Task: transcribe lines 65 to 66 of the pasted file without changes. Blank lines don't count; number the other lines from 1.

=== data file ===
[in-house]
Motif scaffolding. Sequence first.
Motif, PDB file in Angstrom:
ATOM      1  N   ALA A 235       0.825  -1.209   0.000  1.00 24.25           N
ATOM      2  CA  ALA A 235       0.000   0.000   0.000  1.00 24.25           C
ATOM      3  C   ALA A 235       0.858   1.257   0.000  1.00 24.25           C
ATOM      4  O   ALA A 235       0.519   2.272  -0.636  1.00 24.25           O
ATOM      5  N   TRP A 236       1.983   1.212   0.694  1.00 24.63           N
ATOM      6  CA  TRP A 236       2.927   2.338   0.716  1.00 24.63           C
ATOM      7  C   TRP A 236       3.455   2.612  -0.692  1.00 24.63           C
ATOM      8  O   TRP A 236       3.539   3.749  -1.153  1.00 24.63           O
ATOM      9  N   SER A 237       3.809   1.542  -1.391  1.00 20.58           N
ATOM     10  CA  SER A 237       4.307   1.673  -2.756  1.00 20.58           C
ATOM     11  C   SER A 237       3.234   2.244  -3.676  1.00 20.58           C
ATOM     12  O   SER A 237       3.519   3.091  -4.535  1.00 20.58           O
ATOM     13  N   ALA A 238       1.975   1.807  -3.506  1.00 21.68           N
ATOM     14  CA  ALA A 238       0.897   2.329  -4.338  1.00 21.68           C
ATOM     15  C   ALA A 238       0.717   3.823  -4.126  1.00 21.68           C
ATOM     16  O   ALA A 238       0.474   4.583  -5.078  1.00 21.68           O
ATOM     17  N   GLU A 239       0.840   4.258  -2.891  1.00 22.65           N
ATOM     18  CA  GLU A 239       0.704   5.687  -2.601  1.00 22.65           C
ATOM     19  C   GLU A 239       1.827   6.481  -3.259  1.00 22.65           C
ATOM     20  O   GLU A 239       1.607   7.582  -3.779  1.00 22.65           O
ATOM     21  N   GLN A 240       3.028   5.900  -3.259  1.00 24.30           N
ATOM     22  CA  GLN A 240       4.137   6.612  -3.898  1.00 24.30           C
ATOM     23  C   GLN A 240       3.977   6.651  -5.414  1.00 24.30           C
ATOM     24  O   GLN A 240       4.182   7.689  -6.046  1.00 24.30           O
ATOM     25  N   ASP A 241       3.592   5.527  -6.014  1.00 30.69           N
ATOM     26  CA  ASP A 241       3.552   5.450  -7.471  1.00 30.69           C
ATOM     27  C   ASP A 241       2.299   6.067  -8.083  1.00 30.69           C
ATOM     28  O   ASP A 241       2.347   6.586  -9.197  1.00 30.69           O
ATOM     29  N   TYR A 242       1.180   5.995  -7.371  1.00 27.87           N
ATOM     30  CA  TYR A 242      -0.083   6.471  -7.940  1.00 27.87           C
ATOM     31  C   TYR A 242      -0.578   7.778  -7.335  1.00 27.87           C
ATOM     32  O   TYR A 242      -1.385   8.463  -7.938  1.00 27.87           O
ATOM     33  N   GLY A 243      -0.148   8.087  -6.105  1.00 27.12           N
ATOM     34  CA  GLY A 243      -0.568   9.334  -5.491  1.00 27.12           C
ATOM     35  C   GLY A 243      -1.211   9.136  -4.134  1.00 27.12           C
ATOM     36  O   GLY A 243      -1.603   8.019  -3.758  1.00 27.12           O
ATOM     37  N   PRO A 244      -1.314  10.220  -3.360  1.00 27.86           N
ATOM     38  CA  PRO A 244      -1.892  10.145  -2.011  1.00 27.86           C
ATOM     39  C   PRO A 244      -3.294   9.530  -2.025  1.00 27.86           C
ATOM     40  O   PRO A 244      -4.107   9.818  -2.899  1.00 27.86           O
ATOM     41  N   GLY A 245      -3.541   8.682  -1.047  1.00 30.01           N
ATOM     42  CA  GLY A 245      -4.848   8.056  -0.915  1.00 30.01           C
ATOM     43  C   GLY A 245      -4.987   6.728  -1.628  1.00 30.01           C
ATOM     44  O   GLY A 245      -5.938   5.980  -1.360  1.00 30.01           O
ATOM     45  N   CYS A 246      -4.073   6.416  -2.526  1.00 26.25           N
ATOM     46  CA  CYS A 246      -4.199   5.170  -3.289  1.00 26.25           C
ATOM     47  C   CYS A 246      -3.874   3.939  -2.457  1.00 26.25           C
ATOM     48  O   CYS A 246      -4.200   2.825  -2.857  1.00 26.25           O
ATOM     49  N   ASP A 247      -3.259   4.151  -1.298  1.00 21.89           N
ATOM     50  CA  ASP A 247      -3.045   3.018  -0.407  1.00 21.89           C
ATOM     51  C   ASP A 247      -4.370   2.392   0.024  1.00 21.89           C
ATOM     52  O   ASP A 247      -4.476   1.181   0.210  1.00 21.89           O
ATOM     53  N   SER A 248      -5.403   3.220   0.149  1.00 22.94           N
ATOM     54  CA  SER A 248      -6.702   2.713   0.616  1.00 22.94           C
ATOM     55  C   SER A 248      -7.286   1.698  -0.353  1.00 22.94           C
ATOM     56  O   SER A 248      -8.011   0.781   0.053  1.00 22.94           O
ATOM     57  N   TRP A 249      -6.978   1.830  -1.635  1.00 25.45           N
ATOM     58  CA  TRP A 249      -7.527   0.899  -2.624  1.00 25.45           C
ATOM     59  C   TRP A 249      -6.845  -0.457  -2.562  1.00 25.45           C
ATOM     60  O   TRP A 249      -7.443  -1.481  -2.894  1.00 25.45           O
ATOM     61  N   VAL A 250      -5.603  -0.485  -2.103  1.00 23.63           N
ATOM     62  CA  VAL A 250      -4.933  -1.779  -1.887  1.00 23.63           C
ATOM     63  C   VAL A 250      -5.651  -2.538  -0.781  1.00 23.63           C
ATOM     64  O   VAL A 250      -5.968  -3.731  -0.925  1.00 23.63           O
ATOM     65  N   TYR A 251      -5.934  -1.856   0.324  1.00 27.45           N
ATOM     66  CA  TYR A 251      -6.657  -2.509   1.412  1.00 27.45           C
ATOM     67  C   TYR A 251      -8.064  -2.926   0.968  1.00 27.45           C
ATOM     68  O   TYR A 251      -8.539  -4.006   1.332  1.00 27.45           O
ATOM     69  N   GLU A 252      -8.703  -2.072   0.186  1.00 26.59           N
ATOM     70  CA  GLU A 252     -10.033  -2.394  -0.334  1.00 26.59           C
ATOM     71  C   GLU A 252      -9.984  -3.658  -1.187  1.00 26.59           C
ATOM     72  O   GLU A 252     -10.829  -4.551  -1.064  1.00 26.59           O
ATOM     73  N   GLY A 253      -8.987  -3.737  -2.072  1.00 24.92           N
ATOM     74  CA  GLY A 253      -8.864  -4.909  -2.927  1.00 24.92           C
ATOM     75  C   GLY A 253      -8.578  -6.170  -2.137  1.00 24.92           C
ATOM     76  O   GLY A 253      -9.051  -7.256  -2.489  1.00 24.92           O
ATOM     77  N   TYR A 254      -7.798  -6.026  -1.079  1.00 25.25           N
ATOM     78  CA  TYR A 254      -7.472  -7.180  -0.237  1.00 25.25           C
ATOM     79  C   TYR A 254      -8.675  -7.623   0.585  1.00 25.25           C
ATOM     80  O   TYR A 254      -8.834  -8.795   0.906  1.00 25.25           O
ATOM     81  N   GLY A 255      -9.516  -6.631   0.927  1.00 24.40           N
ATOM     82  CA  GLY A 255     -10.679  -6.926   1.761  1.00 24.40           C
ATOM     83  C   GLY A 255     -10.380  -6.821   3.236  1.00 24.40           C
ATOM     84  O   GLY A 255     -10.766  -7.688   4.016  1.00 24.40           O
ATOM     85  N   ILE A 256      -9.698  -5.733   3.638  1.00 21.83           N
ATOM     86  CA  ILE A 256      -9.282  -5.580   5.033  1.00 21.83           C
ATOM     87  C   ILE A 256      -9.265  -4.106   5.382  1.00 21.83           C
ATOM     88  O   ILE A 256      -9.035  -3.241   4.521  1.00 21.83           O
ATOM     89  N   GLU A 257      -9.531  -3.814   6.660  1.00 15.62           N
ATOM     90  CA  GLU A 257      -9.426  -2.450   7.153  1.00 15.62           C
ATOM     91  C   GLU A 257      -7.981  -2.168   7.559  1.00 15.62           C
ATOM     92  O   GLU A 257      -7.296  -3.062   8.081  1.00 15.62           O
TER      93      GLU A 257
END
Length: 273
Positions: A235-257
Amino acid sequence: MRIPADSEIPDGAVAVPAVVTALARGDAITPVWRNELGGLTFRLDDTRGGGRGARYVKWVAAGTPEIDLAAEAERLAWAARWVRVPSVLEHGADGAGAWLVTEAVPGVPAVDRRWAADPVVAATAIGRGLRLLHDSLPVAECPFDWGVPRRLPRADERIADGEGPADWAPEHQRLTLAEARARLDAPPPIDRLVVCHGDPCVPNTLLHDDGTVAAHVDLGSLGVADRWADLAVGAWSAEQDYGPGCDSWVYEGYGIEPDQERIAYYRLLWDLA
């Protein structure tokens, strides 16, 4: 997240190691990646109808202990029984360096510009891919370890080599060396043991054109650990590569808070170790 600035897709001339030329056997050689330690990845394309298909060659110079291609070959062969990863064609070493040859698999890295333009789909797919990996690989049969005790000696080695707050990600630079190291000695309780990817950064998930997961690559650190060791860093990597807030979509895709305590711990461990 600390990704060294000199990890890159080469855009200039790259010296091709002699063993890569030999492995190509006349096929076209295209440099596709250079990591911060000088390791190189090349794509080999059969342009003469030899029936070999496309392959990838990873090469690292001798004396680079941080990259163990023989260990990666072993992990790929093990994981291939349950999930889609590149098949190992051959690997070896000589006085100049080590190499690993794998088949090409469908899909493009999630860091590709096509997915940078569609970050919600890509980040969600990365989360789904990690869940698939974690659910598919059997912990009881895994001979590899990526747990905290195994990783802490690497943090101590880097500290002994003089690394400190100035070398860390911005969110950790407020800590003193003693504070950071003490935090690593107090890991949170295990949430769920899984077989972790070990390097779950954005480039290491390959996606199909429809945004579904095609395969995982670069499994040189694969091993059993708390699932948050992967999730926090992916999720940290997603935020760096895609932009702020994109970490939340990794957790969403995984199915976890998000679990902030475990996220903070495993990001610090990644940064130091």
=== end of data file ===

ATOM     62  CA  VAL A 250      -4.933  -1.779  -1.887  1.00 23.63           C
ATOM     63  C   VAL A 250      -5.651  -2.538  -0.781  1.00 23.63           C